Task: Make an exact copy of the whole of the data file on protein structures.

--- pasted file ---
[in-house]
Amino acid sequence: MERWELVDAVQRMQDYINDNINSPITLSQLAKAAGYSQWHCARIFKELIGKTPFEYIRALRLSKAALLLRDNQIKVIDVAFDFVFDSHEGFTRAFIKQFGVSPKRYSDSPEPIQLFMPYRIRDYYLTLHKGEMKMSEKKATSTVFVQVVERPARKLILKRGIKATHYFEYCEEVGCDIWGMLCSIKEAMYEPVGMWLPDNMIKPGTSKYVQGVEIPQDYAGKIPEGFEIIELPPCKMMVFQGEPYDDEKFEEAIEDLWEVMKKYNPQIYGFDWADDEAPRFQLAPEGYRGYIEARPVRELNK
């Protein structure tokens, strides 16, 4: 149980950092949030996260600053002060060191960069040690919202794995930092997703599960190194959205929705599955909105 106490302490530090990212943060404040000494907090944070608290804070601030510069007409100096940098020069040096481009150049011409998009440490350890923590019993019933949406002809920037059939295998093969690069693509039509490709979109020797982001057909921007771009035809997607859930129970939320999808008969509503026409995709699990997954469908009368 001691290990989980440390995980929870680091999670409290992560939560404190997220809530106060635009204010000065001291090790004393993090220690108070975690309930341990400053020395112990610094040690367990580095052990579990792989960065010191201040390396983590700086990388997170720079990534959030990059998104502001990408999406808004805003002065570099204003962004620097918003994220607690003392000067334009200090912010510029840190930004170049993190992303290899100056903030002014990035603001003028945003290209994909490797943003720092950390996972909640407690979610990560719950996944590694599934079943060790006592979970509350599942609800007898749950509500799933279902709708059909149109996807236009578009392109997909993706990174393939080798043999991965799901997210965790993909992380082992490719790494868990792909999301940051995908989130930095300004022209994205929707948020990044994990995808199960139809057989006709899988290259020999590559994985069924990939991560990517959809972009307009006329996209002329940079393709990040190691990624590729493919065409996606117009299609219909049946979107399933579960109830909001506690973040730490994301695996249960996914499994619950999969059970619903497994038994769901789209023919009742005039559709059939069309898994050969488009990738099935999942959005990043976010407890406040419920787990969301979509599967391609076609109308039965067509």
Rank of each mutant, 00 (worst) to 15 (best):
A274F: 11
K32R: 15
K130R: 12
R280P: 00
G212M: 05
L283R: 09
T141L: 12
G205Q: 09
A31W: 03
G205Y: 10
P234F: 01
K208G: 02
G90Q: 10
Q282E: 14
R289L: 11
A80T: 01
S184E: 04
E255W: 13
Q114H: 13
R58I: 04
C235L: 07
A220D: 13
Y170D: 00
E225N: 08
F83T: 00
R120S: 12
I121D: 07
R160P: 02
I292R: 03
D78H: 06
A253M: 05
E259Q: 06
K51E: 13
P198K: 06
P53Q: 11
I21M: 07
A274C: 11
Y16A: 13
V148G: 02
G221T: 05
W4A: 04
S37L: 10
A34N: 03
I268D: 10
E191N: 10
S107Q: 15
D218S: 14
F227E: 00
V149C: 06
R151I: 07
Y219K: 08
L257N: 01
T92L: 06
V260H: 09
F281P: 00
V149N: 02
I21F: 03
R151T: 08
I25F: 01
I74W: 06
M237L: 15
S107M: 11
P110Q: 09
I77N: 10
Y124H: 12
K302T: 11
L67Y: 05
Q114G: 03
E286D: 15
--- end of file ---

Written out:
[in-house]
Amino acid sequence: MERWELVDAVQRMQDYINDNINSPITLSQLAKAAGYSQWHCARIFKELIGKTPFEYIRALRLSKAALLLRDNQIKVIDVAFDFVFDSHEGFTRAFIKQFGVSPKRYSDSPEPIQLFMPYRIRDYYLTLHKGEMKMSEKKATSTVFVQVVERPARKLILKRGIKATHYFEYCEEVGCDIWGMLCSIKEAMYEPVGMWLPDNMIKPGTSKYVQGVEIPQDYAGKIPEGFEIIELPPCKMMVFQGEPYDDEKFEEAIEDLWEVMKKYNPQIYGFDWADDEAPRFQLAPEGYRGYIEARPVRELNK
């Protein structure tokens, strides 16, 4: 149980950092949030996260600053002060060191960069040690919202794995930092997703599960190194959205929705599955909105 106490302490530090990212943060404040000494907090944070608290804070601030510069007409100096940098020069040096481009150049011409998009440490350890923590019993019933949406002809920037059939295998093969690069693509039509490709979109020797982001057909921007771009035809997607859930129970939320999808008969509503026409995709699990997954469908009368 001691290990989980440390995980929870680091999670409290992560939560404190997220809530106060635009204010000065001291090790004393993090220690108070975690309930341990400053020395112990610094040690367990580095052990579990792989960065010191201040390396983590700086990388997170720079990534959030990059998104502001990408999406808004805003002065570099204003962004620097918003994220607690003392000067334009200090912010510029840190930004170049993190992303290899100056903030002014990035603001003028945003290209994909490797943003720092950390996972909640407690979610990560719950996944590694599934079943060790006592979970509350599942609800007898749950509500799933279902709708059909149109996807236009578009392109997909993706990174393939080798043999991965799901997210965790993909992380082992490719790494868990792909999301940051995908989130930095300004022209994205929707948020990044994990995808199960139809057989006709899988290259020999590559994985069924990939991560990517959809972009307009006329996209002329940079393709990040190691990624590729493919065409996606117009299609219909049946979107399933579960109830909001506690973040730490994301695996249960996914499994619950999969059970619903497994038994769901789209023919009742005039559709059939069309898994050969488009990738099935999942959005990043976010407890406040419920787990969301979509599967391609076609109308039965067509």
Rank of each mutant, 00 (worst) to 15 (best):
A274F: 11
K32R: 15
K130R: 12
R280P: 00
G212M: 05
L283R: 09
T141L: 12
G205Q: 09
A31W: 03
G205Y: 10
P234F: 01
K208G: 02
G90Q: 10
Q282E: 14
R289L: 11
A80T: 01
S184E: 04
E255W: 13
Q114H: 13
R58I: 04
C235L: 07
A220D: 13
Y170D: 00
E225N: 08
F83T: 00
R120S: 12
I121D: 07
R160P: 02
I292R: 03
D78H: 06
A253M: 05
E259Q: 06
K51E: 13
P198K: 06
P53Q: 11
I21M: 07
A274C: 11
Y16A: 13
V148G: 02
G221T: 05
W4A: 04
S37L: 10
A34N: 03
I268D: 10
E191N: 10
S107Q: 15
D218S: 14
F227E: 00
V149C: 06
R151I: 07
Y219K: 08
L257N: 01
T92L: 06
V260H: 09
F281P: 00
V149N: 02
I21F: 03
R151T: 08
I25F: 01
I74W: 06
M237L: 15
S107M: 11
P110Q: 09
I77N: 10
Y124H: 12
K302T: 11
L67Y: 05
Q114G: 03
E286D: 15